Southwestern Michigan College’s new Dean of Business and Advanced Technology Dr. Karen Reilly always sensed she would come “full circle.”
And the former Karen Sarabyn has. The 1987 Dowagiac Union High School and 1989 SMC biology graduate who entered zookeeping before academia, is reacclimating to hometown life after eight years in Orlando as Valencia College Dean of Learning Support.
Reilly previously had been Dean of Academic Skills Advancement at Ivy Tech Community College for eight years. Ivy Tech is Indiana’s community college system, encompassing more than 40 locations.
Valencia is recognized as one of the nation’s best as the first winner of the $1 million Aspen Prize for Community College Excellence in 2011.
Awarded every two years, the Aspen Prize is “basically the Oscars for great community colleges,” President Obama said. It honors institutions’ outstanding achievement in teaching and learning, certificate and degree completion, workforce success and equitable outcomes for students of color and low-income students.
Valencia operates eight campuses for more than 65,000 students, making it the second-largest of Florida’s 28 state colleges. The Downtown Campus inaugurated in Fall 2019 offers student housing and is shared with the University of Central Florida.
“I guess the stars aligned,” Reilly said, “because there were 200 applicants before I emerged as the successful candidate” for a “campus-based, collegewide” position overseeing tutoring, First Year Experience, testing and computer labs, plus decision-making curriculum, online learning and operations committees.
“Going from my role at the zoo to a dean in higher education was a huge leap,” she said. “It was a lot of hard work.”
Reilly, who lives in the home her father built and roots for students in a different way than when she was a Roadrunner cheerleader, graduated from DUHS the year after Steven Briegel. The oboe player and baton-twirling majorette knew Steve’s Run’s inspiration from band.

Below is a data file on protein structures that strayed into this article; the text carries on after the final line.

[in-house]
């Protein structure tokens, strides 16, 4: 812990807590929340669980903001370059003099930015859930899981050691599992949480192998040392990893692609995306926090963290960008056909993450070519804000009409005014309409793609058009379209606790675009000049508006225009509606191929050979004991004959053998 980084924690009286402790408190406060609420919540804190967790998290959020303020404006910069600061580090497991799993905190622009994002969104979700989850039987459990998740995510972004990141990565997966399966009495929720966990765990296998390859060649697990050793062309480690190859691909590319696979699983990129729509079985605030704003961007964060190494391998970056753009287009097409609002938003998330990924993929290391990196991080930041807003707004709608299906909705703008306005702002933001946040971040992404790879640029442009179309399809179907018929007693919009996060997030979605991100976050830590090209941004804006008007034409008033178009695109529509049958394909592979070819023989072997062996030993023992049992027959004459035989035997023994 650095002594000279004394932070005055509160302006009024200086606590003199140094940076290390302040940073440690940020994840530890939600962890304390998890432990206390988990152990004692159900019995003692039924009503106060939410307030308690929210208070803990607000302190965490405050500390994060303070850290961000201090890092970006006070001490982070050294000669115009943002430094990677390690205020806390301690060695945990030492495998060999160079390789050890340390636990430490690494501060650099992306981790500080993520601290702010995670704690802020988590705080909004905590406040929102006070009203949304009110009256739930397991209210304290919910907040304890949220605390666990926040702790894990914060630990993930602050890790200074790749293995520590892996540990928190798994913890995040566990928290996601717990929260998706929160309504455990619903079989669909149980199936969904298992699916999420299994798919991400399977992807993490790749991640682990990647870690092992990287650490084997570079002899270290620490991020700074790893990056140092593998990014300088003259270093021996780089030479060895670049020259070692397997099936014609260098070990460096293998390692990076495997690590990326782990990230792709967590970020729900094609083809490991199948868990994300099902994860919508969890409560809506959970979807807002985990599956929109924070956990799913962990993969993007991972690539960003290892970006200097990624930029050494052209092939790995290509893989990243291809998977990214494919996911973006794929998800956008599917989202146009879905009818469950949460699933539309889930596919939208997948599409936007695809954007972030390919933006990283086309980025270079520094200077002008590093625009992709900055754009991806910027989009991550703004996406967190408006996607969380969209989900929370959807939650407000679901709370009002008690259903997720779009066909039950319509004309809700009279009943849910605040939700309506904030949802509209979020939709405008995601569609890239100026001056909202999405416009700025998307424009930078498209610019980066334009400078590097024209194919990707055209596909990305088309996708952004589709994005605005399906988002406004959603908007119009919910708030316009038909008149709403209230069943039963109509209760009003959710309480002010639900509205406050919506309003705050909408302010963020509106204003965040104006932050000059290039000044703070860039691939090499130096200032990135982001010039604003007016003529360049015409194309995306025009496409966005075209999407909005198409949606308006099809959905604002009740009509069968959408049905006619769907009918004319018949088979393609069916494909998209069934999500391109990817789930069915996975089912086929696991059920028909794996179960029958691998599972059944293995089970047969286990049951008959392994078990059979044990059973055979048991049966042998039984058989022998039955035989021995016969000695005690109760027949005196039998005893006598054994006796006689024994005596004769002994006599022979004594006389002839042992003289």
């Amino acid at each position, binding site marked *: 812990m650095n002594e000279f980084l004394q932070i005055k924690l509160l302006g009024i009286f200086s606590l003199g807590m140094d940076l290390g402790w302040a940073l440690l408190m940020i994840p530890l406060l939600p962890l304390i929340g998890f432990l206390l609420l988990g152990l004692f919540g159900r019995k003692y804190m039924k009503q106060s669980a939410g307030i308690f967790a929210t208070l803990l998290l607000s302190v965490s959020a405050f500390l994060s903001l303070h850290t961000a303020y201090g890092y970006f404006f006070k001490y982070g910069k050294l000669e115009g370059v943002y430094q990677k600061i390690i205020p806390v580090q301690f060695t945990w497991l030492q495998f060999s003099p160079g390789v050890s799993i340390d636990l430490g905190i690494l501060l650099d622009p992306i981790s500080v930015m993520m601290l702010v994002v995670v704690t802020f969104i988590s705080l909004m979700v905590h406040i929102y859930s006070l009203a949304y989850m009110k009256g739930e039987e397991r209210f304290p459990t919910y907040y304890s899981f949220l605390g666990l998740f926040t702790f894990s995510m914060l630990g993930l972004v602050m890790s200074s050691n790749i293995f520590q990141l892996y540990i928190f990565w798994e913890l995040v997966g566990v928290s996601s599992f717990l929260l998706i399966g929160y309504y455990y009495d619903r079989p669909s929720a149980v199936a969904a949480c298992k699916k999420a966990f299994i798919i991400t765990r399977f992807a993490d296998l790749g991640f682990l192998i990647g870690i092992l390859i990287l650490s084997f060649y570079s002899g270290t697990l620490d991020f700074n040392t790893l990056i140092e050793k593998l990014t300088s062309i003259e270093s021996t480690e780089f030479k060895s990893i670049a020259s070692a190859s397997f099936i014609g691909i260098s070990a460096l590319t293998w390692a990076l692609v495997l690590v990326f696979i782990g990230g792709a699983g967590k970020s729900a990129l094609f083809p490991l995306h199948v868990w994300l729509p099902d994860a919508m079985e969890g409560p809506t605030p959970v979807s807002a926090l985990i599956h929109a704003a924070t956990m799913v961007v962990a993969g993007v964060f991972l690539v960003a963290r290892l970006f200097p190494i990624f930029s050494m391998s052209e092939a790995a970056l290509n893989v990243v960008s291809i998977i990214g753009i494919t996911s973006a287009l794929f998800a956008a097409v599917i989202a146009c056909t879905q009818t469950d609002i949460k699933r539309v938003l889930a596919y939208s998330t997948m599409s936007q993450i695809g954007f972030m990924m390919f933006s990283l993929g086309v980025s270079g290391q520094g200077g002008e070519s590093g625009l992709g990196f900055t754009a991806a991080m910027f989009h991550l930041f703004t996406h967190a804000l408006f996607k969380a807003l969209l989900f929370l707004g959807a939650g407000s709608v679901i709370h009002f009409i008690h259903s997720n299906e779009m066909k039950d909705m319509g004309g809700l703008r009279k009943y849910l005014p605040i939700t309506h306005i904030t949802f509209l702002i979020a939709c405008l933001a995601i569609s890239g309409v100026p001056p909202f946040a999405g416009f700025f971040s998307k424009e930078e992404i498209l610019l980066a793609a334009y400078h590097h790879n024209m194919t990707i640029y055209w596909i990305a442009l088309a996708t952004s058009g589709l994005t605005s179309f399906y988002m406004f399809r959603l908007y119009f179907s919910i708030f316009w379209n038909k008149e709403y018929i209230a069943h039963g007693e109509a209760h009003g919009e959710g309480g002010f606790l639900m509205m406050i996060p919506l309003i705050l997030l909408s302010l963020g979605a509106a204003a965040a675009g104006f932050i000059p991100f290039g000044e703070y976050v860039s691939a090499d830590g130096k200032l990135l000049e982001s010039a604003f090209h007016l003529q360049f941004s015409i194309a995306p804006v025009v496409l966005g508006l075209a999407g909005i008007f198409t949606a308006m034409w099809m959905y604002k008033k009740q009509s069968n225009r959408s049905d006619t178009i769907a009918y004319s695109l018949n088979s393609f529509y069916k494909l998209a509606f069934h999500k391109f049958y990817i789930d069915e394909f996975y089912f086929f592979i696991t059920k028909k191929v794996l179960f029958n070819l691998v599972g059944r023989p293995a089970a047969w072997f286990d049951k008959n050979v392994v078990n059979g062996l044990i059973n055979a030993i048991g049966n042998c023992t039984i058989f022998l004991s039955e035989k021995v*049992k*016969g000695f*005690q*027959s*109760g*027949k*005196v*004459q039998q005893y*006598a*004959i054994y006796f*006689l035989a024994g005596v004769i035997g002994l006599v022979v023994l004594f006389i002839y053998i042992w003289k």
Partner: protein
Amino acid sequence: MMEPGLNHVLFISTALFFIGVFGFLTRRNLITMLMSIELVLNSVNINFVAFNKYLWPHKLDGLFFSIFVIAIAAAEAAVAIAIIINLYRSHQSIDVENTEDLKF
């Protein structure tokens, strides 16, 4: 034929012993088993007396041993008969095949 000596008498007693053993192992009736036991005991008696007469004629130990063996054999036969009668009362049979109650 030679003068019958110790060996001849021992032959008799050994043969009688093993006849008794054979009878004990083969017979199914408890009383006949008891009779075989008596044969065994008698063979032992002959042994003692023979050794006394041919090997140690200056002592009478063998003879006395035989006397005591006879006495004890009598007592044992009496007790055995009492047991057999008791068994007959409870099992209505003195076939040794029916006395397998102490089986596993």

She has a bachelor’s degree in biology from Indiana University South Bend, a master’s degree in public management from Indiana University-Purdue University Fort Wayne and a Ph.D. from Indiana State University in postsecondary curriculum and instruction.
Reilly’s first jobs after college were as education directors for 10 years with the Potawatomi Zoo in South Bend and the Fort Wayne Children’s Zoo. She met her husband, Mark, in Fort Wayne.
As a first-generation college student, “College wasn’t necessarily on my radar in high school,” she said. “Finding out I liked education shouldn’t have been a revelation because when I was little I liked playing school and teacher.
SMC changed the course of my life, which is definitely why I wanted to come full circle. I met people from different communities and engaged in every kind of elective I could — taekwondo, photography, theatre. I was a work-study student for tutoring and the financial aid office. I feel like I owe a lot to this place for opening my eyes and giving me opportunities.”
Her late father, Harry, a Jessco supervisor, farmed and was a licensed contractor. Her late mother, Ruth, chaired the Cass County Community Mental Health board, now Woodlands. Older brothers Randy and Gary live in Watervliet/Coloma, and she has a sister, Kathy, in Texas.
Of fresh challenges ahead, Reilly said, “I’ve been a dean for 16 years. This is another flavor and an opportunity to learn more about programs I haven’t been entrenched in. I worked with building trades doing Perkins grants. I’m passionate about the trades. My father was a contractor, a welder, an electrician and a bricklayer, so those are the people I grew up with, coming in and out of the house.
“I’m excited about growing those programs because they’re such good wages coming right out of college with a two-year degree. You can go really far, especially if you continue to your four-year degree. My husband’s side of the family has business backgrounds. They’re good degrees, too, because they’re flexible and can be put into practice, whether you work for someone or have your own business.”
“I’m passionate about SMC and this community,” Reilly said. “This job feels like no other I’ve had. Usually, you step into a job feeling anxious, but I felt comfortable right off the bat. Not too comfortable because I’ve got to perform, but it’s familiar, like a comfy shoe you haven’t seen in a while. Doing dean work in a place I’m passionate about while living in my childhood home, I feel like I need to be pinched. It’s hard to believe worlds collided and it all came together.”